Retributive, Just, Final
What will hell be like? As the previous paragraph implies, the pains of hell will be retributive and utterly just—they will involve evildoers being paid back for the wrongs they have done (2 Thessalonians 1:6, 2 Peter 2:13, Revelation 6:10), which means that each person in hell will know that whatever he or she is suffering is exactly what he or she deserves. Hell will be final (Luke 16:26, 2 Thessalonians 1:8-9); those who go there will have no opportunity to turn back the clock and repent. Scripture often refers to the destiny of the ungodly as a kind of “destruction” (Philippians 3:19, 2 Peter 3:7), yet Paul’s reference to “the punishment of eternal destruction,” along with our Lord’s words about undying worms and flames, imply that this will not be personal annihilation. Rather, it will be the dissolution of all hope and the destruction of everything that makes conscious existence worth having. Hell will include the “hell” of utter and endless regret, remorse and despair. For instance, it will mean the end of all worthwhile work and responsibility, and thus consist in the kind of personal ruin and frustration that the Bible portrays as “weeping and gnashing of teeth” (Matthew 24:45-51, 25:14-30). Those in hell will have been banished from Christ’s presence and excluded from His Kingdom (Matthew 7:21-23, 25:41, 13:37-41). In place of knowing the perfect satisfaction that would come from fulfilling their reason for being—which is to live in everlasting happiness worshiping Christ their Lord—those who suffer the second death will know no rest from God’s full fury and wrath against their sin (Revelation 14:10-11).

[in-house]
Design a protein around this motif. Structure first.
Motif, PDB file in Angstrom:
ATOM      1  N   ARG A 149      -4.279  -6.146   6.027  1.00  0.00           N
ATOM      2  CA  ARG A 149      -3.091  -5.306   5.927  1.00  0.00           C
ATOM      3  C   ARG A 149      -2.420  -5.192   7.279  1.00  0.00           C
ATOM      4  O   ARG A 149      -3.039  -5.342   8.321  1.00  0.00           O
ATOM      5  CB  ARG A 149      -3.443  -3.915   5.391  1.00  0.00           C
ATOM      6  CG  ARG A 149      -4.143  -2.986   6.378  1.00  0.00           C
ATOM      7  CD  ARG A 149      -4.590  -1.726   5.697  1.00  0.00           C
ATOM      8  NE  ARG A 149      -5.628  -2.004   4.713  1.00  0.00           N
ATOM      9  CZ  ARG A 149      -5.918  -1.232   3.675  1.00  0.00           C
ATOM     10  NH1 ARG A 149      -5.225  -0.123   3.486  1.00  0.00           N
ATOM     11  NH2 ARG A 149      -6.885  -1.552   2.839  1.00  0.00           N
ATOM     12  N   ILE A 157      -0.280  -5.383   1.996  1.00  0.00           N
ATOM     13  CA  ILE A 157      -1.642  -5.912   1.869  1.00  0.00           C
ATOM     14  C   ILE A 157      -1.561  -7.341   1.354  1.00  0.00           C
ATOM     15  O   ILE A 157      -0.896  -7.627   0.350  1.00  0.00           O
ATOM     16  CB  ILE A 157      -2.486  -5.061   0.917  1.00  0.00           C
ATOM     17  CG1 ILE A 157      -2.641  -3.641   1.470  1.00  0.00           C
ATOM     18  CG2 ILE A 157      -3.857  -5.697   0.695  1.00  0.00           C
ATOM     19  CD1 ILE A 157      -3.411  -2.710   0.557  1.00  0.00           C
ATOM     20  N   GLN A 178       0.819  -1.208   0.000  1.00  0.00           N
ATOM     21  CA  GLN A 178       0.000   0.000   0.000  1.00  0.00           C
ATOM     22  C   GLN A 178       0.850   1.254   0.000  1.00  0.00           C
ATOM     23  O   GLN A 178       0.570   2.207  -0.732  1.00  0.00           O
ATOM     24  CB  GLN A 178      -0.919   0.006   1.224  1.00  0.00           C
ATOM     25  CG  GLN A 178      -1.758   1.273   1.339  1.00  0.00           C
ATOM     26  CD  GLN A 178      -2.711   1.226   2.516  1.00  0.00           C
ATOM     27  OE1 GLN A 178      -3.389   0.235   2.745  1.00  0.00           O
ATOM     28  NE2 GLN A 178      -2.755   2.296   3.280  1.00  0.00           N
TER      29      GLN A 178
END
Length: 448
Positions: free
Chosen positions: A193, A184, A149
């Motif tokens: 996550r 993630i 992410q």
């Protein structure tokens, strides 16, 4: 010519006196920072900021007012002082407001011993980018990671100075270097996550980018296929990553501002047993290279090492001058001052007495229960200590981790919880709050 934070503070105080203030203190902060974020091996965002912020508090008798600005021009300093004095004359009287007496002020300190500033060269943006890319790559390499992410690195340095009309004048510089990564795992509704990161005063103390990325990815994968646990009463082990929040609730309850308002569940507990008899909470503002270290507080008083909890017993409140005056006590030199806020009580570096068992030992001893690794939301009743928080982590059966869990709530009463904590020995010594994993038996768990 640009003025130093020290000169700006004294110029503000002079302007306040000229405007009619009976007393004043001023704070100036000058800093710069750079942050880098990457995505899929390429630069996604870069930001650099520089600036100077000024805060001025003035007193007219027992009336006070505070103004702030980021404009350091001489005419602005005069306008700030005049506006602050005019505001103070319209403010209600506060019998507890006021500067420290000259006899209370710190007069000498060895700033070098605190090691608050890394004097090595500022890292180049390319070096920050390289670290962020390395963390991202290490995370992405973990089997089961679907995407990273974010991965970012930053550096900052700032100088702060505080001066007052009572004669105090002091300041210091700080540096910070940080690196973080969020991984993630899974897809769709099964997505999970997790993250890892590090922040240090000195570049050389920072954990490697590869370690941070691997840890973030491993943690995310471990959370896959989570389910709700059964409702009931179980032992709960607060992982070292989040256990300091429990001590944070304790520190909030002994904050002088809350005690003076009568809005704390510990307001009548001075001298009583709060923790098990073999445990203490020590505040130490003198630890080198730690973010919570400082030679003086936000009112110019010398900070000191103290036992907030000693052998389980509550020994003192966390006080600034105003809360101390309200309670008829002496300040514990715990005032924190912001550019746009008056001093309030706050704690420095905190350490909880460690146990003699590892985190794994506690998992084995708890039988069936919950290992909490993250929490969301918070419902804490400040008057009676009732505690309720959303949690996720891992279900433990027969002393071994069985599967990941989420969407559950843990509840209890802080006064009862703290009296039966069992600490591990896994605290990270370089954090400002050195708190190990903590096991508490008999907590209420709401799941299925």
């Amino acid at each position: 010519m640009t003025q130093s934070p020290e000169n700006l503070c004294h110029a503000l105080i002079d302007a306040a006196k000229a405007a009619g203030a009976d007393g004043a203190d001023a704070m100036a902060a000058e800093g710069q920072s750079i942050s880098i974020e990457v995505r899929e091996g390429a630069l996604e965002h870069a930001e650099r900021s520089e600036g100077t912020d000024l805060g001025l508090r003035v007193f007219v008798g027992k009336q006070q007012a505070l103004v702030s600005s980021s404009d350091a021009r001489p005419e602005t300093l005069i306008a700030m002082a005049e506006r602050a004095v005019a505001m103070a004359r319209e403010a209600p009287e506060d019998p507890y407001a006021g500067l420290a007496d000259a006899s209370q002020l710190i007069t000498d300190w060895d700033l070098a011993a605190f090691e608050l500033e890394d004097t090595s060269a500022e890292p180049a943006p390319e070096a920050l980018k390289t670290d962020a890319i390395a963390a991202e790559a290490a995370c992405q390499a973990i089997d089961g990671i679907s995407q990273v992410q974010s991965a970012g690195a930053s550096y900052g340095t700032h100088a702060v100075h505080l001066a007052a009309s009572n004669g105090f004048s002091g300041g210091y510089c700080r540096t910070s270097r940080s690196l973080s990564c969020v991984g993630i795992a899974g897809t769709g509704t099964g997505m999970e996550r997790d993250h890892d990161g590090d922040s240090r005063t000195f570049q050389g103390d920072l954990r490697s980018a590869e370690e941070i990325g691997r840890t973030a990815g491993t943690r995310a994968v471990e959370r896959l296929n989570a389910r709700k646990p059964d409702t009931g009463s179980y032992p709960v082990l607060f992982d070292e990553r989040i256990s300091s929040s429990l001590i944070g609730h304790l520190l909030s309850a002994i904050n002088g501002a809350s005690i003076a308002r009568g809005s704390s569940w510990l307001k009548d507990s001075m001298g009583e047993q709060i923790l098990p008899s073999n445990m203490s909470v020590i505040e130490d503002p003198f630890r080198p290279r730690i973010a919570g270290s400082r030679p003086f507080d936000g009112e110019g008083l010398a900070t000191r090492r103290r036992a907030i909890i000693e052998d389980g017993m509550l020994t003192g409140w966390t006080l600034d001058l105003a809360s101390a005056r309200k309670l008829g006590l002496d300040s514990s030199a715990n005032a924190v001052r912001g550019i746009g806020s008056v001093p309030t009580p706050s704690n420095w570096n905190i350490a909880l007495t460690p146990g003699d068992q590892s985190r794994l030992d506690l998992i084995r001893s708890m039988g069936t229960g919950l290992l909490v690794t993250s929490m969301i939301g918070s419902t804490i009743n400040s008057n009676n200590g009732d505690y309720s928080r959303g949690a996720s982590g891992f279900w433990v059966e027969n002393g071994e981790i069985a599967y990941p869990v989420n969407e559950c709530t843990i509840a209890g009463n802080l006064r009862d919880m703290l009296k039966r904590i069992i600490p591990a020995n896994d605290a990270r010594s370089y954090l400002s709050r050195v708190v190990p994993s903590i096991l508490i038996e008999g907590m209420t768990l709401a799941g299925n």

Thus, the doctrine of everlasting punishment is truly horrifying. But this does not make it untrue. Even now, there are horrors happening in our world—child sexual abuse, torture, self-mutilation and who knows what else—that are beyond our imagining unless we experience them. The Bible is telling us that hell is a horror beyond all imagining, but that does not imply that no one will suffer it nor that God will be unrighteous or cruel to send sinners there.
Let us grasp—and let us do everything we can to help others to grasp—God’s gift of eternal life in Christ Jesus our Lord before it is too late.